You know how they say absence makes the heart grow fonder? I think the same rings true for breast pumps. I never realized how much I appreciated pumping until that option was taken away from me.
I went into my makeup room as I normally try to squeeze in an extra pumping session before heading home from work – and my machine made a funny sound. It would start and stop, and not work like normal. Then, after about 15 minutes of pumping it just stopped, completely.
I wasn't keeping track of how long I had been pumping so I thought maybe it was because of overuse. Maybe my pump had a time limit I wasn't aware of.
I love my pump. It's a double electric with settings that allow you to determine the speed and pull of the machine. No low-medium-high choices, you set it all yourself. There are cushions to massage the breasts and help with letdown and nice storage bags for the milk. I learned to assemble, use it and disassemble it in 20 minutes flat. It was with me through creating my milk stash, and made it possible for me to continue to breastfeed my baby without supplementing for the past seven months.
I tried time and time again to turn it on when I got home but nothing. Just a strange clicking sound when I'd try to get it to go. I was devastated. What in the world was I doing to do?
I didn't realize how accustomed to pumping I was until I completed my first shift without pumping the entire day. I'd come home feeling engorged, go to bed feeling engorged, and wake up feeling the same way. My poor daughter was nearly drowning in extra milk and probably had a hard time getting past the foremilk and to the nice fatty hindmilk she normally gets after nursing for a few minutes.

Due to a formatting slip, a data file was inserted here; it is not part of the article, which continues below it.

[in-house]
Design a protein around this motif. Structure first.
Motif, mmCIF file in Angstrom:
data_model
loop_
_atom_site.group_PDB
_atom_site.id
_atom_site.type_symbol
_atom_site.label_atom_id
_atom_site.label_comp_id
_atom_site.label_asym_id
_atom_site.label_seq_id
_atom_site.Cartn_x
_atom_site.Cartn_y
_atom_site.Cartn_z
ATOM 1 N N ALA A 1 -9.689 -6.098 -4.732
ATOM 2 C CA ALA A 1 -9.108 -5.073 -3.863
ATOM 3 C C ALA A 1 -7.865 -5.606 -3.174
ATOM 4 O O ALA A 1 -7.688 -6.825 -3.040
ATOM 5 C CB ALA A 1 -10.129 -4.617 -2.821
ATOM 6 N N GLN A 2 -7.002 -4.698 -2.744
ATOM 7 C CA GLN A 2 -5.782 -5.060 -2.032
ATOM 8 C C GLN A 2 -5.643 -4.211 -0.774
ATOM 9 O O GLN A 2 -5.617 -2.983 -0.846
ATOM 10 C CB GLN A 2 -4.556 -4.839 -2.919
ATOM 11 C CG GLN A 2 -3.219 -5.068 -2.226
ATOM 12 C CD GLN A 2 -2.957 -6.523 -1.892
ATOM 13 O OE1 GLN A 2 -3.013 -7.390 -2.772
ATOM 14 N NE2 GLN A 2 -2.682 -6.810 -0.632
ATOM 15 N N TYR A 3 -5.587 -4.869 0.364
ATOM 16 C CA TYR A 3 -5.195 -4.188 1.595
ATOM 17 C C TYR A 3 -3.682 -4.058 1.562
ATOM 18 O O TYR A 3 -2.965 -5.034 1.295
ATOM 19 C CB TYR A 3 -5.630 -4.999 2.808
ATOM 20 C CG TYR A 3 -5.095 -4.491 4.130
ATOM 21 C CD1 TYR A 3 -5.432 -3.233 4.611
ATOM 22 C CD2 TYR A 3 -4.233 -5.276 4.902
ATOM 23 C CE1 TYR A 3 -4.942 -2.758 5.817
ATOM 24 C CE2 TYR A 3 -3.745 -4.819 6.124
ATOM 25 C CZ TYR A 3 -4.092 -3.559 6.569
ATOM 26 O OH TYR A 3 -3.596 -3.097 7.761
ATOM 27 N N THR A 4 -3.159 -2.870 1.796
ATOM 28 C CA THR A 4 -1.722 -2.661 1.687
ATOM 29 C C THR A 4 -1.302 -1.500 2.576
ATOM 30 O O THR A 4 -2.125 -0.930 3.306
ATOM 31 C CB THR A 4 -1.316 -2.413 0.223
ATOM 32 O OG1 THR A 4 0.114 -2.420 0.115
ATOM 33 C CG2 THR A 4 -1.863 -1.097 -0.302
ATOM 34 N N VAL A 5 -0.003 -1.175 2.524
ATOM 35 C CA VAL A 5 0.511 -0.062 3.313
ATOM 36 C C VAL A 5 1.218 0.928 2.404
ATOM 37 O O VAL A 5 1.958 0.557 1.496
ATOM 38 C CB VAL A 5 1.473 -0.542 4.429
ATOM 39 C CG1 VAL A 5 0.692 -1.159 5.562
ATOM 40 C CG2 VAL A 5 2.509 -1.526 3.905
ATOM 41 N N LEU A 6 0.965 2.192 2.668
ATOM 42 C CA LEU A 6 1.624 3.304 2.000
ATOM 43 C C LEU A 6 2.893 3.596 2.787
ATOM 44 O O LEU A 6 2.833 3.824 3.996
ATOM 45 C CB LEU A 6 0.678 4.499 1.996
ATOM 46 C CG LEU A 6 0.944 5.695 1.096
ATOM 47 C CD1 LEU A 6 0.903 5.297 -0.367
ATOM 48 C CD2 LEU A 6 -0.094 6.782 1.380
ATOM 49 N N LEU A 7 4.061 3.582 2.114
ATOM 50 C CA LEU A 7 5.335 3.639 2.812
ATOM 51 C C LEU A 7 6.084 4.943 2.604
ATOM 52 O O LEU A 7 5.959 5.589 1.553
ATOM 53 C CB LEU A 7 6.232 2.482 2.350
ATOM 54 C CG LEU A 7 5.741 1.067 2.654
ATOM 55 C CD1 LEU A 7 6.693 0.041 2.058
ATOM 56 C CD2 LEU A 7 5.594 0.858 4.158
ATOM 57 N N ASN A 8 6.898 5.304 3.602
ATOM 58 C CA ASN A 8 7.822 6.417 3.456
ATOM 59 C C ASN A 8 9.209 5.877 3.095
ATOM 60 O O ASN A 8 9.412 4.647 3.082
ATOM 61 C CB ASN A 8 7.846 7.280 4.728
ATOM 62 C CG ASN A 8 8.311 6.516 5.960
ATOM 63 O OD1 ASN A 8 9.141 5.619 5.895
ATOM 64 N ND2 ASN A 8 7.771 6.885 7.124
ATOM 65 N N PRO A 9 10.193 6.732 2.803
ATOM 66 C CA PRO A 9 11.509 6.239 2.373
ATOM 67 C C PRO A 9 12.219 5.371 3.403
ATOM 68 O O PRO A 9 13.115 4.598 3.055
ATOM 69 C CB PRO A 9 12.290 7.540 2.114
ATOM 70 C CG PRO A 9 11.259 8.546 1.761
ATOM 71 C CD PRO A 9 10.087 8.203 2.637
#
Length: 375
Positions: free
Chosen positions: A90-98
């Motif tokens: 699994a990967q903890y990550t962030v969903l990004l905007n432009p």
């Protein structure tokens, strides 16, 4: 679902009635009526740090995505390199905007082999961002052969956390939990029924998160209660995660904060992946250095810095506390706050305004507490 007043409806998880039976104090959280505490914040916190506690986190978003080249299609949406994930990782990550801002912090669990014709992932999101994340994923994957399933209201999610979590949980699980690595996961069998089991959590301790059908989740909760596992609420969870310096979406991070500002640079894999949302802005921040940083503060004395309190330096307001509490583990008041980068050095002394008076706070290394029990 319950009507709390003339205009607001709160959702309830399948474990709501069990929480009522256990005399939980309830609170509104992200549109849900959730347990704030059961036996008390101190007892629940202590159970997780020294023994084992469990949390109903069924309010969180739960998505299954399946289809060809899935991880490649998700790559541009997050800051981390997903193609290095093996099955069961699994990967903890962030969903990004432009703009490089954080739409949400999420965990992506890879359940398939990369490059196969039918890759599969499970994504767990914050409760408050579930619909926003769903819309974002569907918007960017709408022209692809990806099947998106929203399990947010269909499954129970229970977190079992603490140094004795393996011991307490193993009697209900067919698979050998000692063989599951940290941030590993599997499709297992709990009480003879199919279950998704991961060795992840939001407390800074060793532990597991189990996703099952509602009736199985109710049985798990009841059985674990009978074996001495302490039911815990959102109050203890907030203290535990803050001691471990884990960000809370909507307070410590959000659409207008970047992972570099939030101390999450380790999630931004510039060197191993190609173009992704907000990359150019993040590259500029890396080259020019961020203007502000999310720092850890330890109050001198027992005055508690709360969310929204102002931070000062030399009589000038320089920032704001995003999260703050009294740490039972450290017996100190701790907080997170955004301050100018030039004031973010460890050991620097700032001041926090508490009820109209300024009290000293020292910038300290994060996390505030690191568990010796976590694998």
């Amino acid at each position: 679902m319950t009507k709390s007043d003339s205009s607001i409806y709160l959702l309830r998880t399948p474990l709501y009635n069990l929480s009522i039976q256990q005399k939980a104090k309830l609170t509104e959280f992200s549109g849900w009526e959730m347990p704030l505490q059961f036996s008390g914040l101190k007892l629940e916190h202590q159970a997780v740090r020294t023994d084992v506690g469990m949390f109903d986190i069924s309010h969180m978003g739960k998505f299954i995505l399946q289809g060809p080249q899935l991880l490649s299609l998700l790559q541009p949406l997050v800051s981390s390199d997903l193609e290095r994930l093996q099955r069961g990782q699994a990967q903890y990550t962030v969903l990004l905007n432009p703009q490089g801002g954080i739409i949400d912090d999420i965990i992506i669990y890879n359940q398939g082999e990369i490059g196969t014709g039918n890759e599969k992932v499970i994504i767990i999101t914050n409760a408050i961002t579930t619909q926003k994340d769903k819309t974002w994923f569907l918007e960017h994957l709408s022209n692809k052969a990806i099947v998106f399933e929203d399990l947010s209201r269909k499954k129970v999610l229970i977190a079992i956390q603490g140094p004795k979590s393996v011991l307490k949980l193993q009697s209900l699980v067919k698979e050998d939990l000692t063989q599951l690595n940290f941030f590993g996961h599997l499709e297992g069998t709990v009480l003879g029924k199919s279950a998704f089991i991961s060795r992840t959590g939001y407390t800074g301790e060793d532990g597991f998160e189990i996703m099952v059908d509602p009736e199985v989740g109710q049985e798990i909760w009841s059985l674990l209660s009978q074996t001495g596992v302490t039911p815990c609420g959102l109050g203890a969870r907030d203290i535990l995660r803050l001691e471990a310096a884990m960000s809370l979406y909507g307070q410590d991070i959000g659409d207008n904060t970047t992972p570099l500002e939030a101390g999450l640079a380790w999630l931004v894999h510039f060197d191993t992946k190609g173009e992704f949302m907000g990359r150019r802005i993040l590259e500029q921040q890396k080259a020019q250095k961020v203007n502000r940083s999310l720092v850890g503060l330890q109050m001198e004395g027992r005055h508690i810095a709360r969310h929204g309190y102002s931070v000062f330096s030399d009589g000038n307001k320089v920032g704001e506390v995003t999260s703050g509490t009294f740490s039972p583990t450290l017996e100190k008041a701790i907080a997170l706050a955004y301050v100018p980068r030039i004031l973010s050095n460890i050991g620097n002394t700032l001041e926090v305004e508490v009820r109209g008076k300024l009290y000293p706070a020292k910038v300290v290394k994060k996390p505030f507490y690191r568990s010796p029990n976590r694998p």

I tried using my manual pump — thank goodness for backups — but the most I could get at one time was four ounces. It helped relieve the pressure but my arms were killing me by the time it was over.
I called the company the first day I had off – a Sunday – and thankfully they were open, and told them about my problem. They asked me for my name and phone number, but didn't ask for my product serial number. I worried I wouldn't get any help because I forgot to register my machine. They asked me which pump I had and tried to trouble shoot with me, then told me they'd send me new parts. I told them I knew it was the pump that wasn't working because instead of the motor pumping sound I heard clicking.
The service woman put me on hold for a few moments then came back to the phone with good news. I would be sent a new pump the next day, and should get it later that week. HALLELUAH! I was told to send the old one back in their pre-paid postage box.
I anxiously waited for my pump, and finally got it tonight. I never thought I'd be so happy to see it, so happy to pump.
I think losing the ability to provide milk for my daughter while away at work for a week gave me just the motivation I needed to continue to do it for the next four months.